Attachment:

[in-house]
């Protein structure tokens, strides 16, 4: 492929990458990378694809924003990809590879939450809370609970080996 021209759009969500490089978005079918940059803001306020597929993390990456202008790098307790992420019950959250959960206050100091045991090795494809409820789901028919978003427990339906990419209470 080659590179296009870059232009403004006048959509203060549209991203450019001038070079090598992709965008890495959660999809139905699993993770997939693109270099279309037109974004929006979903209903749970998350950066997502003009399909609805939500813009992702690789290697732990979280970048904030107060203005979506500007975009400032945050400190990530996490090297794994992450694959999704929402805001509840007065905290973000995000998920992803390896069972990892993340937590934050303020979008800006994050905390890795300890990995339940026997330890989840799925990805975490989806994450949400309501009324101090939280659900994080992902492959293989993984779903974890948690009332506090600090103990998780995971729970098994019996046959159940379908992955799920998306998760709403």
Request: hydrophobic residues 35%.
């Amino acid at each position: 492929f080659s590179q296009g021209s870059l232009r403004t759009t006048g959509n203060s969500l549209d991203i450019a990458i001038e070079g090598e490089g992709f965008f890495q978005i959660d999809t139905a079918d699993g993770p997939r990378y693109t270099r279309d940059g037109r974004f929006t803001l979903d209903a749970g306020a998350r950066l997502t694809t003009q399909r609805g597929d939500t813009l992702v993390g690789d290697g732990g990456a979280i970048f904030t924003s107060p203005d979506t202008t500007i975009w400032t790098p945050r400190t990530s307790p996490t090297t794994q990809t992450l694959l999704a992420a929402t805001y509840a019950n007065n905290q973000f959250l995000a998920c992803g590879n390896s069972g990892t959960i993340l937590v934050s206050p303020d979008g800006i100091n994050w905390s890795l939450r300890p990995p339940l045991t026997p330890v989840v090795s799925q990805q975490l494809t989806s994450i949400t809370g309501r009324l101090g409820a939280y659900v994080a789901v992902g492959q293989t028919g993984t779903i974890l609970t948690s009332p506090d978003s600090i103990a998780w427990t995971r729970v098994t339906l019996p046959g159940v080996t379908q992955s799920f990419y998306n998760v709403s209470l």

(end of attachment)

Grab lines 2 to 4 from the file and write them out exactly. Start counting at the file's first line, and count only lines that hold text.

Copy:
């Protein structure tokens, strides 16, 4: 492929990458990378694809924003990809590879939450809370609970080996 021209759009969500490089978005079918940059803001306020597929993390990456202008790098307790992420019950959250959960206050100091045991090795494809409820789901028919978003427990339906990419209470 080659590179296009870059232009403004006048959509203060549209991203450019001038070079090598992709965008890495959660999809139905699993993770997939693109270099279309037109974004929006979903209903749970998350950066997502003009399909609805939500813009992702690789290697732990979280970048904030107060203005979506500007975009400032945050400190990530996490090297794994992450694959999704929402805001509840007065905290973000995000998920992803390896069972990892993340937590934050303020979008800006994050905390890795300890990995339940026997330890989840799925990805975490989806994450949400309501009324101090939280659900994080992902492959293989993984779903974890948690009332506090600090103990998780995971729970098994019996046959159940379908992955799920998306998760709403």
Request: hydrophobic residues 35%.
């Amino acid at each position: 492929f080659s590179q296009g021209s870059l232009r403004t759009t006048g959509n203060s969500l549209d991203i450019a990458i001038e070079g090598e490089g992709f965008f890495q978005i959660d999809t139905a079918d699993g993770p997939r990378y693109t270099r279309d940059g037109r974004f929006t803001l979903d209903a749970g306020a998350r950066l997502t694809t003009q399909r609805g597929d939500t813009l992702v993390g690789d290697g732990g990456a979280i970048f904030t924003s107060p203005d979506t202008t500007i975009w400032t790098p945050r400190t990530s307790p996490t090297t794994q990809t992450l694959l999704a992420a929402t805001y509840a019950n007065n905290q973000f959250l995000a998920c992803g590879n390896s069972g990892t959960i993340l937590v934050s206050p303020d979008g800006i100091n994050w905390s890795l939450r300890p990995p339940l045991t026997p330890v989840v090795s799925q990805q975490l494809t989806s994450i949400t809370g309501r009324l101090g409820a939280y659900v994080a789901v992902g492959q293989t028919g993984t779903i974890l609970t948690s009332p506090d978003s600090i103990a998780w427990t995971r729970v098994t339906l019996p046959g159940v080996t379908q992955s799920f990419y998306n998760v709403s209470l």